Zárate, Marques G., Enrique Quezada-Llanes, and Angel D. Armenta. Forthcoming. “Se Habla Español: Spanish-language Appeals and Candidate Evaluations in the United States.” American Political Science Review.

Political candidates use Spanish-language appeals in efforts to increase their support among Hispanic voters. We argue that candidates, Hispanic or not, can use Spanish to signal closeness to Hispanics and posit that the effectiveness of these appeals is conditional on proficiency. To test this, we run two experiments where participants listen to an audio clip of a hypothetical candidate’s stump speech. We vary the ethnicity of the candidate (Anglo or Hispanic) and the language of the speech (English, non-native Spanish, and native-like Spanish). We find that Hispanic support for the Anglo and Hispanic candidates is higher in the native-like Spanish condition compared with the English-only condition. Relative to the English condition, non-native Spanish does not increase support for the Anglo candidate, but it decreases support for the Hispanic candidate. We find mixed effects for Anglo participants. Our results suggest that candidates can effectively appeal to Hispanic voters using Spanish-language messages.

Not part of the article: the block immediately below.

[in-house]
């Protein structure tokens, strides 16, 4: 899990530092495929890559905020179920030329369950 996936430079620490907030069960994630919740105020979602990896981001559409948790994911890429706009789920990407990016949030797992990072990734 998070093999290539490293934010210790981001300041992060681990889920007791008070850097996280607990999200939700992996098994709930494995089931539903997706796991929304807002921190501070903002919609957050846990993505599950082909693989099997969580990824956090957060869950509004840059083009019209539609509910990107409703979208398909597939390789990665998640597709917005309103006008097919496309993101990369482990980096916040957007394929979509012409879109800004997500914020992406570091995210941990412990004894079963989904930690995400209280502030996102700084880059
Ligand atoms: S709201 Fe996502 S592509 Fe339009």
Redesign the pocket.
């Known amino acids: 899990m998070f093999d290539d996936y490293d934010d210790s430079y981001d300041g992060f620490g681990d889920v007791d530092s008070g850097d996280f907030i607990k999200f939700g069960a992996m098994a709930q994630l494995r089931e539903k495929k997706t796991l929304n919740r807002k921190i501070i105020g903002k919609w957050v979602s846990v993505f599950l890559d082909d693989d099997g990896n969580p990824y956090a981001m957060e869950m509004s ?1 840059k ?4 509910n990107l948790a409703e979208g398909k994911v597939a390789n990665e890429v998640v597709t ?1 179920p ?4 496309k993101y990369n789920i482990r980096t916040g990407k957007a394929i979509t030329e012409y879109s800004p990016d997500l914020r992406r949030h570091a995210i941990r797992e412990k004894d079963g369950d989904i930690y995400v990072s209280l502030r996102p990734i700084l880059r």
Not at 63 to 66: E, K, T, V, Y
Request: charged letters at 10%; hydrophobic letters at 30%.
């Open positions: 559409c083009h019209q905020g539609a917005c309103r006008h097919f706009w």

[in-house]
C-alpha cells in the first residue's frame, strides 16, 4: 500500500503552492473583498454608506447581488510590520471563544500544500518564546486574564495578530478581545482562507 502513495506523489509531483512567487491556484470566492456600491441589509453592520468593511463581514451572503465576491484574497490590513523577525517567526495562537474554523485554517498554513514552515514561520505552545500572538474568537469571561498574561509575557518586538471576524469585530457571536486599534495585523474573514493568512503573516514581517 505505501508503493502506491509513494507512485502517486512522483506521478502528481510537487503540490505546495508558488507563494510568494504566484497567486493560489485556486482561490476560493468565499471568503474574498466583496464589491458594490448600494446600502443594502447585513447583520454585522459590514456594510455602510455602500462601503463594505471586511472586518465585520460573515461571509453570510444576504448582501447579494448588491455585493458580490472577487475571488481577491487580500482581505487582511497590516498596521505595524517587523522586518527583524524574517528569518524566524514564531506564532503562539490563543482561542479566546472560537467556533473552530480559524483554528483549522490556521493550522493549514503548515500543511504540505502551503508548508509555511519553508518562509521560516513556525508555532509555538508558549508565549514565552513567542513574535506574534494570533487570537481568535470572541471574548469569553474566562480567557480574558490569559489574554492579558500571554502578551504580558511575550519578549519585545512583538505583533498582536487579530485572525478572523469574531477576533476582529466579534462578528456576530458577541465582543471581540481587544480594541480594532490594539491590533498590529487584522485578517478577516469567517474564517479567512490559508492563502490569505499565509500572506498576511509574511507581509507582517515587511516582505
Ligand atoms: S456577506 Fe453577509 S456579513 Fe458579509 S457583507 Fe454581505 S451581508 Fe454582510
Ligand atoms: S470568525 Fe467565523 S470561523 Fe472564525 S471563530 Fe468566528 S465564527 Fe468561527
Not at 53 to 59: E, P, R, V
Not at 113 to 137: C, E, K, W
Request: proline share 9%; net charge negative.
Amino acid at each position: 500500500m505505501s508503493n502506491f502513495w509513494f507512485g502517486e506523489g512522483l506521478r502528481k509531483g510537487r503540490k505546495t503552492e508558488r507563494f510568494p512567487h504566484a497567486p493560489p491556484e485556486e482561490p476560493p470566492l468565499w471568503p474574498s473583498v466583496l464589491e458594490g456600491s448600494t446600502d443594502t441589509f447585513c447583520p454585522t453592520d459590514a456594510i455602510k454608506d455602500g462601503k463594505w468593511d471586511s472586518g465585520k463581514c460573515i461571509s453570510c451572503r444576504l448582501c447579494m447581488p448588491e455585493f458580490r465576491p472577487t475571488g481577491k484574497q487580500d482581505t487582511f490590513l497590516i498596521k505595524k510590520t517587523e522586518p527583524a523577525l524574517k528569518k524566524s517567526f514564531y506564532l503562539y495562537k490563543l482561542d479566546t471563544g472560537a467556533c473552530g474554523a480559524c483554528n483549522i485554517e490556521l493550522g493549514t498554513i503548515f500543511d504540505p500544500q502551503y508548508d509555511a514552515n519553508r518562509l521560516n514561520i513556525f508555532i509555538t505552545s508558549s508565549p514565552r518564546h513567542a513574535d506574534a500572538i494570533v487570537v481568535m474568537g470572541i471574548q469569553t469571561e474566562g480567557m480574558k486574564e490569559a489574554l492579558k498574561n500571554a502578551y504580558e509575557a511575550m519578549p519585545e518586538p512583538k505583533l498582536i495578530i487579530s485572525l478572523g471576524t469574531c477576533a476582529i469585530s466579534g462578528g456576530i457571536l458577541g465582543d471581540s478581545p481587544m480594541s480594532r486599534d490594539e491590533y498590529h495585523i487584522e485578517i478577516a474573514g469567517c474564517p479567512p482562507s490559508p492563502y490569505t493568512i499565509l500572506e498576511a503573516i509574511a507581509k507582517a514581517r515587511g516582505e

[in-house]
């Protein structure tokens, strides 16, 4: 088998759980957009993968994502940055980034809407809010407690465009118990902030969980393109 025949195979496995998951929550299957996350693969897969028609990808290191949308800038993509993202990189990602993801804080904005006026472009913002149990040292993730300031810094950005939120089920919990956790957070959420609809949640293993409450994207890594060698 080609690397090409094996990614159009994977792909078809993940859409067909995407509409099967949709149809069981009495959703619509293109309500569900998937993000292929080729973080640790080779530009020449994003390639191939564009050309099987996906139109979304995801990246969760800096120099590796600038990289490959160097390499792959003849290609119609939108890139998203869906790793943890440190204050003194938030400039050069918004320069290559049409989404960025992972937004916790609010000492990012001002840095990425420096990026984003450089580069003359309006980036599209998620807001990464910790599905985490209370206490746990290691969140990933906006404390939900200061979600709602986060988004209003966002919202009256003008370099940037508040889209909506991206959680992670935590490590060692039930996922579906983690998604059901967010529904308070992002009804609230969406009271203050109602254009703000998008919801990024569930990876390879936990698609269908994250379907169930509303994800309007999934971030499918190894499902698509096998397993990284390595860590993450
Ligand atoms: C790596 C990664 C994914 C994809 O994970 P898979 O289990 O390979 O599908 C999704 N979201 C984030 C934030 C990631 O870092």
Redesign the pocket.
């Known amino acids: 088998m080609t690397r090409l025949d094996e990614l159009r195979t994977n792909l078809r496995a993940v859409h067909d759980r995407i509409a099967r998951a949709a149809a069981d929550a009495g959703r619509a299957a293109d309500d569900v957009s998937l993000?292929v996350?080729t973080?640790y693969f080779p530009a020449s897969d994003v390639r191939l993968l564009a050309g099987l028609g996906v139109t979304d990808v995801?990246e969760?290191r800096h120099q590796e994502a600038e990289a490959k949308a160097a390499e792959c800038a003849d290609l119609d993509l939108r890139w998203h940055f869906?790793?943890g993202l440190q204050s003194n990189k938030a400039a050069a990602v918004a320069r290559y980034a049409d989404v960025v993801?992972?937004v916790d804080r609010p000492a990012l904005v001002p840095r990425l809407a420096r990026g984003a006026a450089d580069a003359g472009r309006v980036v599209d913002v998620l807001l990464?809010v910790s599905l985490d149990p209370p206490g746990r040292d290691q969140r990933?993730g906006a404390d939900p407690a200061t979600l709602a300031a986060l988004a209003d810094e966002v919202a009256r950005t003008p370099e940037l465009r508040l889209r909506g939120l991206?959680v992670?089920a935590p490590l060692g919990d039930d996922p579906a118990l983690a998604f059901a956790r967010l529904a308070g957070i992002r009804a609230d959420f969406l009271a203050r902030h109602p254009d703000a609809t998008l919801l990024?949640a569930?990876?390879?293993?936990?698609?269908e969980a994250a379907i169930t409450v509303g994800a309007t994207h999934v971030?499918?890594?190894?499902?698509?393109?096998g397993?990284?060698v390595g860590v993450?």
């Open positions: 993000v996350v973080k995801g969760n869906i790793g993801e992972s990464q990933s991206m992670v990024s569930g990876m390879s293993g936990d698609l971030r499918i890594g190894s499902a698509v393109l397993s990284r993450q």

Olson, Shayla and Enrique Quezada-Llanes. “How Sermons Became More Political in the Trump Era.” Book Chapter. In Paul A. Djupe and A.E. Sokhey (Eds), Trump and the Transformation of Religion and Politics. In Press.

Work in Progress

“The Role of Spanish Language on Latino Group Consciousness”

“The Use of Shibboleths in Political Campaigns”

“Faithful and (A)political: Reexamining the Impact of Religion on Political Participation.”